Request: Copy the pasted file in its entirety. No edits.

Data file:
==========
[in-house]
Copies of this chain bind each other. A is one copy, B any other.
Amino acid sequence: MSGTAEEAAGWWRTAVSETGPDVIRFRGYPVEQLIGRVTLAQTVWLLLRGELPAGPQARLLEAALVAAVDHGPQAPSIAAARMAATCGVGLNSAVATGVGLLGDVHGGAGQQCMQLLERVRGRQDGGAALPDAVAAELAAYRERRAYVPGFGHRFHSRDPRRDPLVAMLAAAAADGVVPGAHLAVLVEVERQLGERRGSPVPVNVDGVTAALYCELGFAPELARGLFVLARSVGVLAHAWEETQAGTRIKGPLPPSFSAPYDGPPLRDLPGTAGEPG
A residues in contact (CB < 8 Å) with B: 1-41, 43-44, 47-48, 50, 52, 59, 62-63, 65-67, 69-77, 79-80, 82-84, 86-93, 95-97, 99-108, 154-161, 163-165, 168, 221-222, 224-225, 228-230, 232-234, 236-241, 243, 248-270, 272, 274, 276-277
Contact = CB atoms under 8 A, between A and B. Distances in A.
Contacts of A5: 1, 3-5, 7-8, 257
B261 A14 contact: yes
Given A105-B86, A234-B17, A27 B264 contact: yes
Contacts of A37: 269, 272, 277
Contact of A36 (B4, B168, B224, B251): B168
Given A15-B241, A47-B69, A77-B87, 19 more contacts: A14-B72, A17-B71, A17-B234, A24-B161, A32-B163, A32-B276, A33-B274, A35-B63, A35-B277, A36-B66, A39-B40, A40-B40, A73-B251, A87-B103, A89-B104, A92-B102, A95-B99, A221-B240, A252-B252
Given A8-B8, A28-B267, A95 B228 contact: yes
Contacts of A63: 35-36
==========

[in-house]
Copies of this chain bind each other. A is one copy, B any other.
Amino acid sequence: MSGTAEEAAGWWRTAVSETGPDVIRFRGYPVEQLIGRVTLAQTVWLLLRGELPAGPQARLLEAALVAAVDHGPQAPSIAAARMAATCGVGLNSAVATGVGLLGDVHGGAGQQCMQLLERVRGRQDGGAALPDAVAAELAAYRERRAYVPGFGHRFHSRDPRRDPLVAMLAAAAADGVVPGAHLAVLVEVERQLGERRGSPVPVNVDGVTAALYCELGFAPELARGLFVLARSVGVLAHAWEETQAGTRIKGPLPPSFSAPYDGPPLRDLPGTAGEPG
A residues in contact (CB < 8 Å) with B: 1-41, 43-44, 47-48, 50, 52, 59, 62-63, 65-67, 69-77, 79-80, 82-84, 86-93, 95-97, 99-108, 154-161, 163-165, 168, 221-222, 224-225, 228-230, 232-234, 236-241, 243, 248-270, 272, 274, 276-277
Contact = CB atoms under 8 A, between A and B. Distances in A.
Contacts of A5: 1, 3-5, 7-8, 257
B261 A14 contact: yes
Given A105-B86, A234-B17, A27 B264 contact: yes
Contacts of A37: 269, 272, 277
Contact of A36 (B4, B168, B224, B251): B168
Given A15-B241, A47-B69, A77-B87, 19 more contacts: A14-B72, A17-B71, A17-B234, A24-B161, A32-B163, A32-B276, A33-B274, A35-B63, A35-B277, A36-B66, A39-B40, A40-B40, A73-B251, A87-B103, A89-B104, A92-B102, A95-B99, A221-B240, A252-B252
Given A8-B8, A28-B267, A95 B228 contact: yes
Contacts of A63: 35-36